Kranti Kanade’s CRD is one of the most eccentric, deliberately random and baffling films one has seen of late. One that in tenor swings between the intense and the flippant. One that talks as much about the tyranny in a supposedly liberal world of arts as it plays with the larger notion of the real and the pretend. One that tries to break away from linearity and realism in storytelling even as it speaks of real issues — from Narendra Dabholkar to the idea of a ‘bahujan ka Shivaji’, from the fascism of language and of Bollywood, to the politics of the national anthem.
Its outrageousness, audacity and self-conscious referencing — from Uday Prakash to Foucault via Dravid, Bose, Antonioni and Bergman — can leave one either riveted or piqued but certainly not indifferent.
Beyond cinema halls
It was this ability to polarise the viewers and the intriguing trailer itself that led three students of Birla Institute of Technology and Science, Goa — Shantanu Sharma, Ishmin Singh and Clyde Bailey — to come together to showcase it on alternative platforms, before it made its way to the screens commercially. And Cinetic was born.
After having shown CRDon their own campus recently, they held two screenings in Mumbai alongside college workshops conducted by Kanade. The show continues, in the same format, in Delhi, Bengaluru and Kolkata and, hopefully, with more indie films (independent not necessarily in their funding as much as in the spirit and the aesthetics, they clarify) in the future. The wishlist of the fresh-faced youngsters has Payal Sethi’s Leeches, John Upchurch’s Mango Dreams and Devashish Makhija’s shorts. They even want to bring back older films — Anup Kurian’s Manasarovar, Karan Gour’s Kshay, Sabal Singh Shekhawat’s Fireflies.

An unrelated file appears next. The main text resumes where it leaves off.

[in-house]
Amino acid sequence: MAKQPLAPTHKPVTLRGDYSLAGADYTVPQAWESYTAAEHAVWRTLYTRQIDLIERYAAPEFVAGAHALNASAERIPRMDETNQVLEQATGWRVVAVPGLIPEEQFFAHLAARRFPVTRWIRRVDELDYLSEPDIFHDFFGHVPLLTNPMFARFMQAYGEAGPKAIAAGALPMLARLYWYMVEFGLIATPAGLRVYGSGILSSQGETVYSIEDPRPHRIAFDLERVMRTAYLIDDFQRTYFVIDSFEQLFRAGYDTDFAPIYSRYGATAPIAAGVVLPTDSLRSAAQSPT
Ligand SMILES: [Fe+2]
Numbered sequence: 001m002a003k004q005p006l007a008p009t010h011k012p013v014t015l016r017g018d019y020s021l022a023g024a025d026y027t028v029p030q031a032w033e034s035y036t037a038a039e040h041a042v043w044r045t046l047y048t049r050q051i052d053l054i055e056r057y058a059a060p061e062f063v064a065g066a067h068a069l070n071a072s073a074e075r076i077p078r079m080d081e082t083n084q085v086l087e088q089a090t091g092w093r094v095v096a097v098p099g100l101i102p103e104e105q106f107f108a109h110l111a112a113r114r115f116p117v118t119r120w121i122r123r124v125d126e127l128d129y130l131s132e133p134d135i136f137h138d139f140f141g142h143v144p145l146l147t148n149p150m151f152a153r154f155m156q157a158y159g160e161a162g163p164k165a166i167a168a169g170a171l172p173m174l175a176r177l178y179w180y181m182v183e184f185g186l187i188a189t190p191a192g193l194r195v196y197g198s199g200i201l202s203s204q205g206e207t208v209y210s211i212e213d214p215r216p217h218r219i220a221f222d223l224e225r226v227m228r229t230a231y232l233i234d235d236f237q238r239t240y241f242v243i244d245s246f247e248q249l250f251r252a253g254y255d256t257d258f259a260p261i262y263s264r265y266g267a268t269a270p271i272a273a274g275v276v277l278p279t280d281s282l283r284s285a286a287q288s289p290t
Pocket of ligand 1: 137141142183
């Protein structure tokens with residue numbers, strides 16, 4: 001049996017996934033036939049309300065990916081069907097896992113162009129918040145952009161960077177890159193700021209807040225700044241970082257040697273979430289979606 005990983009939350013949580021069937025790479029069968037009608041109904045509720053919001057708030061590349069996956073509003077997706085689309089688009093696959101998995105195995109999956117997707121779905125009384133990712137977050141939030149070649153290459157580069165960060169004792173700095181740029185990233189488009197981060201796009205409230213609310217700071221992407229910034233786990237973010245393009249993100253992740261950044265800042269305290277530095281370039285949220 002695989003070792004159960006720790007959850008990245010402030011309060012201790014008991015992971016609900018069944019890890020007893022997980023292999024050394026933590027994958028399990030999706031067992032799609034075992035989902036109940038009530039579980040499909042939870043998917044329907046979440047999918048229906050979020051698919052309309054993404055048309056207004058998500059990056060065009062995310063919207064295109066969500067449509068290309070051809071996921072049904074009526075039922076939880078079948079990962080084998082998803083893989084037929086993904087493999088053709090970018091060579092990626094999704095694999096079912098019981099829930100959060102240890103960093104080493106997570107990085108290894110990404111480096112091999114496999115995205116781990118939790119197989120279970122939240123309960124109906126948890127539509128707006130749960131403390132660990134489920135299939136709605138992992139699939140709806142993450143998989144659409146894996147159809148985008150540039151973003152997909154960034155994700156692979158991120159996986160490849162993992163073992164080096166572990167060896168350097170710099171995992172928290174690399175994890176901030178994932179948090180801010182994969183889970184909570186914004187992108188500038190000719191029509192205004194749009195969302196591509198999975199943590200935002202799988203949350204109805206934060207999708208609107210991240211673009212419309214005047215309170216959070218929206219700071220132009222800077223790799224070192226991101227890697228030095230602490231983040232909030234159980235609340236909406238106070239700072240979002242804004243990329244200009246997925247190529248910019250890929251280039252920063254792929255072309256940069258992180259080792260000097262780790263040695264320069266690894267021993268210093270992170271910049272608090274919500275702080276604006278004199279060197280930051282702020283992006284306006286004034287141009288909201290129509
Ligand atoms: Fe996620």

In their third year of college, the three are also interning with companies in Bengaluru and Hyderabad while developing Cinetic on a revenue sharing basis with the viewing platforms and the filmmakers.
A few months ago at Cannes, I had bumped into another bright-eyed youngster, Nivedita Siddharthan, 27, who, along with Priyadarshi Rishiraj, 30, co-founded Moviesaints, a curated website for indies from around the world. To view a film, you pay a fee, of which 60% goes to the filmmaker and the rest to the platform. If you like a film, you can lend additional support to the filmmaker.
There is 10 minutes of free trial during which, if you don’t like the film and stop it, the money is refunded. The personally funded start-up has Loreta Gandolfi from the University of Cambridge helping with international curation. Siddharthan herself travels, reads and scours the web as much as she can to keep the standard high. Some on-ground events are in the pipeline: retrospectives of Ulrich Seidl, a selection of Iranian films, and a Cannes collection from this year and the last.
It’s not just finances, but also reaching out to the right audiences that has, for long, been the bane of indie filmmakers. Consequently, such alternative models and experiments emerging in indie film distribution and monetisation are worth taking note of. A couple of years ago, Bardroy Barretto made the Konkani film Nachom-ia Kumpasar with contributions from 101 family members and friends.
Instead of taking the multiplex route, he decided to personally organise ticketed screenings across venues in Goa. He wanted to reach as many viewers as possible and gain critical mass steadily. The staggered, non-conventional release was not just about screening but ensuring it stayed in audience minds.
Sandeep Mohan’s Shreelancer may have released commercially last week, but he has been travelling with it, and with previous films, from city to city, across India and the world, screening shows for willing audiences in any space available, whether office or café. He calls his experiment The Great Indian Travelling Cinema.
A couple of years ago, in Kerala, Kazhcha Film Forum, a film lovers’ and filmmakers’ collective, started ‘Cinema Vandi’ (a cinema van equipped with projection equipment) that is literally all about movies in motion. It travels to villages and towns and screens films wherever invited — film societies, clubs, colleges. Initiatives like 1018mb have been helping organise on-demand screenings — of not just indies but popular classics as well. Most significantly, newer community spaces are emerging, where intimate group screenings can be organised. Not that it’s all rosy yet, but where there’s a film, there has to be a way to see it.
Source: The Hindu